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How many times have you found yourself trying to re-group in a conversation that took a different turn than you intended? How many times have you thought you were connecting with someone only to discover you weren’t actually on the same page? And how many times throughout the COVID-19 crisis have you responded to someone, only to find you misunderstood them completely?  

Uprooting Challenges and Opportunities through Crisis

As we cope with the adjustments to our personal and professional lives brought on by this crisis, it has brought to the surface some underlying challenges that were largely hidden before. The problems we’re now facing can’t exclusively be blamed by the coronavirus; instead revealing struggles that have been in place for a long time and are magnified given the stress of the current environment. Rather than get discouraged, we can use this time in a positive way to learn about ourselves and the ways we can interact with others more effectively.

For some people, working remotely is common, and many of us have learned to do it quite well. However, those who been pushed into remote work may be struggling to manage their time, looking for ways to keep things together at home while trying to work, and learning how to manage emotions while attuning ourselves to others more intently. The challenge in all of this, is that we have removed an important tool in communication, which is non-verbal behavior. As we now learn how to virtually read emotions—since being face-to-face is not an option—it is forcing us to dive headfirst into the area of self-regulation and emotional intelligence.

We gain helpful insights into ourselves and our style of relating to others through information found in the Birkman Signature report. As a Birkman Master Certified Professional, I also find the Birkman Guide Pages provide very helpful information about how we manage and process information. These insights allow me to relate Birkman behaviors to the Big Five personality traits and group them into insightful applications.

BIrkman Guide PagesBirkman Behavioral Compnents
Focus OrientationRestlessness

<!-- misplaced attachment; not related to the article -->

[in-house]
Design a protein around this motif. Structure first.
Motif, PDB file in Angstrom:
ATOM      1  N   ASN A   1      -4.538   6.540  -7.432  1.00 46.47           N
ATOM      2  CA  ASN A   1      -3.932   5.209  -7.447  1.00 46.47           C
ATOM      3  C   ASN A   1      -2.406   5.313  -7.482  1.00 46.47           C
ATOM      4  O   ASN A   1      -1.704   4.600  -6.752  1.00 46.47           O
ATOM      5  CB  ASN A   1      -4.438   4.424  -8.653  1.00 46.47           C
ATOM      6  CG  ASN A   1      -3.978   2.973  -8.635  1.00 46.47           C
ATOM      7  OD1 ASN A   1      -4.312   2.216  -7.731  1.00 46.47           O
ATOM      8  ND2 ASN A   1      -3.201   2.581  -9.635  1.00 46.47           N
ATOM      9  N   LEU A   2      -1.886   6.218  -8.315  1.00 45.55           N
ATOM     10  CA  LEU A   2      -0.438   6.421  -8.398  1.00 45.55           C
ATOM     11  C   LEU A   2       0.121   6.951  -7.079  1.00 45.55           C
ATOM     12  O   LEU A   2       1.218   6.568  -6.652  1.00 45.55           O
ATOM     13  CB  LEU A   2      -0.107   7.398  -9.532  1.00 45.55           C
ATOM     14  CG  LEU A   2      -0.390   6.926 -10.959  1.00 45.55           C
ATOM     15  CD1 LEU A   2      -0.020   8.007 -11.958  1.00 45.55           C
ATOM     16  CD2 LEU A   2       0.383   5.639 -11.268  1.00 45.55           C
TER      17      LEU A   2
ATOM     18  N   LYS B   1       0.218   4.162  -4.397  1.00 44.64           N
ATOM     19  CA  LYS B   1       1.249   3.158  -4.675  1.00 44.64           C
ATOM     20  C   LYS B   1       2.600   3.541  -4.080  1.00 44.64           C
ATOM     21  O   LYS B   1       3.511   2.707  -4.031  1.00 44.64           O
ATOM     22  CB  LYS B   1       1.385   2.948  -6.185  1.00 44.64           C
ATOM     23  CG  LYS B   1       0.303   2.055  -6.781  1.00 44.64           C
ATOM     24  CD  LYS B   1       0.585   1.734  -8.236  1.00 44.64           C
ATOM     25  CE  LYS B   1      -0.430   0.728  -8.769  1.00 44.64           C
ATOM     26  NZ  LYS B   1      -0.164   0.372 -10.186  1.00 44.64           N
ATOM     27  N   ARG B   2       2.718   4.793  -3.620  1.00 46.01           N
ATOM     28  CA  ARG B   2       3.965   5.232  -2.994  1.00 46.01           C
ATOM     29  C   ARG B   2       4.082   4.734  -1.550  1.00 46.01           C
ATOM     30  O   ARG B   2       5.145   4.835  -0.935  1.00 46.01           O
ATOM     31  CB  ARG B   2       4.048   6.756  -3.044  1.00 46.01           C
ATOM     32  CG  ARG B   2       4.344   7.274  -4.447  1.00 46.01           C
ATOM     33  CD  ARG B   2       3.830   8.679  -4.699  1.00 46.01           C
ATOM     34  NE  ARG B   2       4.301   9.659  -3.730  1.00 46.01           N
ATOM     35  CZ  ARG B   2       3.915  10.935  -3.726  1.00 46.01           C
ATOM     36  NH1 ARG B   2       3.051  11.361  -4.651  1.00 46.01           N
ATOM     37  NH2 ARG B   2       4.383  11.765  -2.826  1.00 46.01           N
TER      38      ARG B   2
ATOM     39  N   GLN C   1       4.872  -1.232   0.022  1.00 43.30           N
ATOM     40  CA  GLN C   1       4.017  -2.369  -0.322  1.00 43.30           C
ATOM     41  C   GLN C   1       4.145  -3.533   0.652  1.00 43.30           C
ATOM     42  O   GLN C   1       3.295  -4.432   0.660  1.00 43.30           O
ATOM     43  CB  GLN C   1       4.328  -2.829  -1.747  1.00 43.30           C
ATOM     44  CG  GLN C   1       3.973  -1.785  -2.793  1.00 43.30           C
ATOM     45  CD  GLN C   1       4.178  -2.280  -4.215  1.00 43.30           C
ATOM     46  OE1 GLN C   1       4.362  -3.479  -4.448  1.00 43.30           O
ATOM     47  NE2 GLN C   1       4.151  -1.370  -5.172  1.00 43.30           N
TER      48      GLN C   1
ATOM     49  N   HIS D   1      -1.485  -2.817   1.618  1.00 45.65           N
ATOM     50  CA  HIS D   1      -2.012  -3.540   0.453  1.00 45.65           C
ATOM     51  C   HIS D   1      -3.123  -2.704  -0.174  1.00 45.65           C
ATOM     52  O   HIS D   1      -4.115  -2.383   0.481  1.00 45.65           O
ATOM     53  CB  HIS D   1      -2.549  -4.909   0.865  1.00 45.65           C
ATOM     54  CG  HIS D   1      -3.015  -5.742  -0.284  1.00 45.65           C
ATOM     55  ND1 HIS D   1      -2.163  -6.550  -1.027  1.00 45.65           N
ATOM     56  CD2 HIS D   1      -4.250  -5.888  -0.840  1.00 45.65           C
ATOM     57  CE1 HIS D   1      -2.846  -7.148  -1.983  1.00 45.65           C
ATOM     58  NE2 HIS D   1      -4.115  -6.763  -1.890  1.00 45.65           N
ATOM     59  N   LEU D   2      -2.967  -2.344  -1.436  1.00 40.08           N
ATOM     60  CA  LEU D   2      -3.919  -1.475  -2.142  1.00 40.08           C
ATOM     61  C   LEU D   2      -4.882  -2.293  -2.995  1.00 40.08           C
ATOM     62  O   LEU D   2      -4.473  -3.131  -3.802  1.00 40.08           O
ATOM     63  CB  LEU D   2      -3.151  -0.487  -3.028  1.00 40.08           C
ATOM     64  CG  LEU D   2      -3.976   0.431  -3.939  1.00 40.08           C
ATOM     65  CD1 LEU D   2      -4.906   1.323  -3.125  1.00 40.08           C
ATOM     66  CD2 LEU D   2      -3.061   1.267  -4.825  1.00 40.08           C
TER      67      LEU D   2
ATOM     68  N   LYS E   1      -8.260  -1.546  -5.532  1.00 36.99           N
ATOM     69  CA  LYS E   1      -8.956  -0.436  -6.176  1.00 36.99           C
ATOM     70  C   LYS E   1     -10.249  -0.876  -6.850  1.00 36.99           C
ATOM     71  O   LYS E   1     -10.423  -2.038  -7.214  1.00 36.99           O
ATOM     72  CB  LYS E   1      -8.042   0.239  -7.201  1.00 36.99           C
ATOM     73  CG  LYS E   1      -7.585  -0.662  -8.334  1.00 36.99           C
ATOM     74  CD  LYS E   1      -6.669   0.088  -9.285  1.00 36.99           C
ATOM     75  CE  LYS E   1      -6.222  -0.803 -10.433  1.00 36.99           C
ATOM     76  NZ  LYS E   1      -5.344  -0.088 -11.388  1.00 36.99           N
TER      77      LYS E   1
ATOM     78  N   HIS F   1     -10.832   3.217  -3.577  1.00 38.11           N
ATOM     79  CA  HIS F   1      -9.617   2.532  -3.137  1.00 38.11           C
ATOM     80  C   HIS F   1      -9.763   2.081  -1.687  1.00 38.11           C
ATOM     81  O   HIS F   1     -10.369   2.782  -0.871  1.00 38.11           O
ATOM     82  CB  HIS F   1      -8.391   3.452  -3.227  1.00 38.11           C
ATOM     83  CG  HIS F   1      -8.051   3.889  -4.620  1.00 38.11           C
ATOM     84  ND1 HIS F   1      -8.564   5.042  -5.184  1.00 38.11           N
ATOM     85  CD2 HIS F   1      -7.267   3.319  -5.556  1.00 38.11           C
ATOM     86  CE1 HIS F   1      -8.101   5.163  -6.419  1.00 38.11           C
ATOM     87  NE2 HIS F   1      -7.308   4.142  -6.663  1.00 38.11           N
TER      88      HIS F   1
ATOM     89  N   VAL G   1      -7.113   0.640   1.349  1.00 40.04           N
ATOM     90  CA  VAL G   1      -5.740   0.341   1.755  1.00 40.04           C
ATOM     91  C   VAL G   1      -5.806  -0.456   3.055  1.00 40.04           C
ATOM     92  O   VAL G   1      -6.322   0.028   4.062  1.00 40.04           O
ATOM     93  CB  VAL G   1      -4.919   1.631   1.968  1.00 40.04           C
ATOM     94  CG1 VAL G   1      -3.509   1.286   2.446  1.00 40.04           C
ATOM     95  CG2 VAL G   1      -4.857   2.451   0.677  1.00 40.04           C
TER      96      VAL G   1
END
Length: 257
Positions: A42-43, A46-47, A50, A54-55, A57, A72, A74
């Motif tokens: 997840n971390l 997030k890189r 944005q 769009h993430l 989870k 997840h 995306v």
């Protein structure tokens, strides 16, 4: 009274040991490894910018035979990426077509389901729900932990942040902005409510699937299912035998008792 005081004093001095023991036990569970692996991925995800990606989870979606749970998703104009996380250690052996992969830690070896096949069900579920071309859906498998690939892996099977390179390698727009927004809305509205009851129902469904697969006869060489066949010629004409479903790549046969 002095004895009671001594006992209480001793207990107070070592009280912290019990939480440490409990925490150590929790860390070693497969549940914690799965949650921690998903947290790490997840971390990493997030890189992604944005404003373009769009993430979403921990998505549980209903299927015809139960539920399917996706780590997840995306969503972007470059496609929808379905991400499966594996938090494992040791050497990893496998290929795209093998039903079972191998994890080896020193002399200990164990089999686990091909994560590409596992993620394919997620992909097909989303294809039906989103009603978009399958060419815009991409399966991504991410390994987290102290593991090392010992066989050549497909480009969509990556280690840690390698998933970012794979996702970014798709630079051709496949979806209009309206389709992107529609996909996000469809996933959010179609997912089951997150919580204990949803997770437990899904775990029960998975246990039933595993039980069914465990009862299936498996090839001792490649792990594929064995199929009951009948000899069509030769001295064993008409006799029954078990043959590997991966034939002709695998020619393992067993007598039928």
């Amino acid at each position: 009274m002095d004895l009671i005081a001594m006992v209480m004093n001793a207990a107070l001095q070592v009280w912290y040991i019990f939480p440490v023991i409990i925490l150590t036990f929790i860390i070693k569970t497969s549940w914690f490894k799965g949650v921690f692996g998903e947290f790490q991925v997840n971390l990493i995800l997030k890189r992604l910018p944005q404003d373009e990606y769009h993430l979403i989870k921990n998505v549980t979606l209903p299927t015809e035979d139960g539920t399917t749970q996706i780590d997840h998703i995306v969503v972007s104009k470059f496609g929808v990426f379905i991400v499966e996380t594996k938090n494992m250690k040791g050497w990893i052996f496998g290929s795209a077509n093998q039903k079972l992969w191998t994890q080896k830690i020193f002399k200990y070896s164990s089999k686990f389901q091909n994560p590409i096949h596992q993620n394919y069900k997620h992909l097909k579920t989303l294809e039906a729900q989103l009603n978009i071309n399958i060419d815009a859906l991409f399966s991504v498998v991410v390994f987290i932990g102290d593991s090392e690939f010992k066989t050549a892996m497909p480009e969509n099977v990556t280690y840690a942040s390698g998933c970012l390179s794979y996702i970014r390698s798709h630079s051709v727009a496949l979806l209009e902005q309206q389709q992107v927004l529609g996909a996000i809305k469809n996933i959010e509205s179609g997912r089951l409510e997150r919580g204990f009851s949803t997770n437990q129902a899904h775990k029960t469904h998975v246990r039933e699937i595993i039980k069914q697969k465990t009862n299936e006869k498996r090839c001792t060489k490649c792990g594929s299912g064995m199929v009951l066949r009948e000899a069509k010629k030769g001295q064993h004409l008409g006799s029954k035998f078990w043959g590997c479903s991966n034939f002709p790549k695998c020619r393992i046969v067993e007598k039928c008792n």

Process OrientationInsistence
Social OrientationSocial Energy, Self-Consciousness
Agreeableness OrientationAssertiveness, Incentives
Action OrientationPhysical Energy, Emotional Energy, Thought

Learn to Leverage all Four Aspects of EQ

While important in everyday life, the shift to working remotely has made the need to develop and improve our ability to read and respond to others becomes even more crucial.  Emotional Intelligence, or EQ, relates to the pathway between our emotional and rational brain that is flexible and responsive to change.  A definition of EQ from Travis Bradberry and Jean Greaves that I find helpful is, “EQ is your ability to recognize and understand emotions, and your skill at using this awareness to manage yourself and your relationships with others.”  Talk about the perfect road map for managing ourselves and others remotely!  EQ combines the rational brain and the limbic system to create an ability to understand the emotions we’re feeling. Everything we experience enters through stimulus in the spinal cord into the brain. That stimulus travels across the brain to the limbic system where emotions are generated, which is why we “feel” things before our brain assigns meaning through the rational brain to what it is we are feeling. What many of us are feeling right now is a lack of control and a fear of what is to come.  That leads to our limbic system hijacking our rational brain and causing the neurotransmitters typically used in flight or fight behavior to be released.